Spiderman! Tom Holland was another spot-on casting, and since Spidey wasn’t part of the driving action, he got to really immerse himself in the role. He’s really only present for the big fight scene, yet stands out by delivering a constant barrage of jokes while actively fighting, just like in the comics.

Love! One of my favorite hobbies is imagining what these superhumans do during their down time. What bank does Natasha Romanoff use? What does Tony Stark eat for breakfast? Has Steve Rogers ever played a video game? (This is a great exercise for writers, BTW).

But, one of my favorite scenes in CA:CW comes from Vision and Wanda Maximoff (Scarlet Witch) casually hanging out at The Avengers compound, the buds of romance clearly blooming. I especially liked how the Mind Stone fails him when it comes to cooking. They’re endearing and amusing scenes that provide a respite from the heavy tone of the movie, and frankly, I could’ve done with another one of those scenes (despite the 2.5 hr run time).

But how was the plot?

I was really surprised at how integral Bucky was. I knew he’d be involved, but The Winter Soldier wound up being one of the main characters, and though his personal trials were, again, nothing too unique, the initial twist involving Hydra’s Winter Soldier program was surprising. Then when they showed how Bucky was involved with ole’ Tony Stark, things got REALLY surprising, and basically turned the plot inside out.

The tensions run high between the teammates throughout, and we see many instances of team allegiance being challenged by personal relationship. The poignancy, most notably when Captain America attends a particular funeral, was profound and welcomed.

There are, of course, some pitfalls. As with any Marvel movie, there’s about ten to twenty minutes devoted to explaining or setting up for new heroes/villains later on, including the second after credits scene (all I’ll say is that it’s about Spidey). To the writers’/director’s credit, they do humorously skip past Spiderman’s origin (Holland says, “When what happened happened, my senses were turned up to eleven”), which got a lot of laughs from the seasoned viewers.

The aspect I most appreciated, though, was that this was clearly written for people who’d seen the other movies. The Falcon and Ant Man refer to their brawl in Ant Man several times; Falcon and Bucky clearly haven’t forgotten each other and are still sore over The Winter Soldier; Stark and Pepper Pots have a development in their relationship that might be lost on those who didn’t see the Iron Man films. This not only saved time and delivered constant, fresh writing, but it made me feel a little more validated for having spent so much money seeing all those movies.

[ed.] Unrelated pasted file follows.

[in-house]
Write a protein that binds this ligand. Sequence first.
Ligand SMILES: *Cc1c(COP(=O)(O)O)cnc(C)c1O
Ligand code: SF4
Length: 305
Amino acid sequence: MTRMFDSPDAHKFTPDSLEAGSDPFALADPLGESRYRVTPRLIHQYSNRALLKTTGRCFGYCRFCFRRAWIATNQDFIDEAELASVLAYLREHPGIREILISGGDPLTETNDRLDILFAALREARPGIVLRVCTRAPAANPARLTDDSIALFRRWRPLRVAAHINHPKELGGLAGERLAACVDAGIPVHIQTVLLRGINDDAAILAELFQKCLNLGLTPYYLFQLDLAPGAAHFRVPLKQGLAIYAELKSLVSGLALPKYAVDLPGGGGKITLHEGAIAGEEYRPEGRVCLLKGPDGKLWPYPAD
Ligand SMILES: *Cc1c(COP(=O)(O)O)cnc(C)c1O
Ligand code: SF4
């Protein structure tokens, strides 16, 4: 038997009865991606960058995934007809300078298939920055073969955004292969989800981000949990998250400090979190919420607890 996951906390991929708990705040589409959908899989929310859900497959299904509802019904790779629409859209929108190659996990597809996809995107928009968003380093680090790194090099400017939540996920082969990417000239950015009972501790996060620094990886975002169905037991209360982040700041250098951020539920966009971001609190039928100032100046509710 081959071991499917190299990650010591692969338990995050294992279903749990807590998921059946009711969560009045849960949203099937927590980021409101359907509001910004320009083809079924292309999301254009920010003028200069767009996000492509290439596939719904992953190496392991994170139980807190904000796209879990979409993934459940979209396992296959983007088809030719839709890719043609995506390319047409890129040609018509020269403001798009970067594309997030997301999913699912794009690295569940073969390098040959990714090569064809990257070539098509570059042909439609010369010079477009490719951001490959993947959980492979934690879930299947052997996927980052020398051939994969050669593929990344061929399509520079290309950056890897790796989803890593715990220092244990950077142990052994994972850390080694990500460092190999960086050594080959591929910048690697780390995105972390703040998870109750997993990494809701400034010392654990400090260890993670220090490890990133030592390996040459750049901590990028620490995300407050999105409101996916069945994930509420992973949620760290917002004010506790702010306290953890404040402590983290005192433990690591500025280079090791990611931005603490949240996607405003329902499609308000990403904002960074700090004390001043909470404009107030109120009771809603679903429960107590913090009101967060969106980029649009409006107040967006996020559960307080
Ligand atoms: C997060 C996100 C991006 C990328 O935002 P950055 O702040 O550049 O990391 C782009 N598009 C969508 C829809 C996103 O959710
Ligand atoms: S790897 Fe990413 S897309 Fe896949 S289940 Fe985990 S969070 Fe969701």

Some Dull Bits

The negative aspects are few and far between. The music, for example, is performed and written very well, but isn’t distinguishable from the scores in other Marvel movies. Some scenery and backgrounds look the same (how different can one destroyed city block be from another), though this is balanced by some very interesting arenas, namely an airport and a Hydra compound. There are some would-be significant characters who, due to limited screentime, are criminally underdeveloped (like Marissa Tomei’s Aunt May).

And, of course, Hawk Eye comes back, and is about as effective as he’s ever been. Sure, he’s still clearly a clever tactician, but his role seems more to showcase the other character’s abilities, like when he tries to help Scarlet Witch, gets overpowered by Vision, and has to have her rescue him.

…Although, it’s kind of nice to see a guy in a typical “damsel who tries to help and needs to be saved” position.

The Summary (TL;DR)

See this movie. Just go see it. Right now, in IMAX 3D, like I did. It’s by far one of the best Marvel films to date, so much so that I’m glad Thor and The Hulk weren’t in it, because it would’ve demanded changing a fairly fantastic group dynamic.

The combat is stylish, dynamically-shot, and still manages to be new despite almost a dozen of these comic adaptation movies (not even counting DC!). This feels more like watching people in conflict rather than mere characters, a huge step in the right direction for a franchise that was starting to lack emotional depth, beyond the usual “I don’t want to fight my family” or “I don’t want to lose my love interest” plots.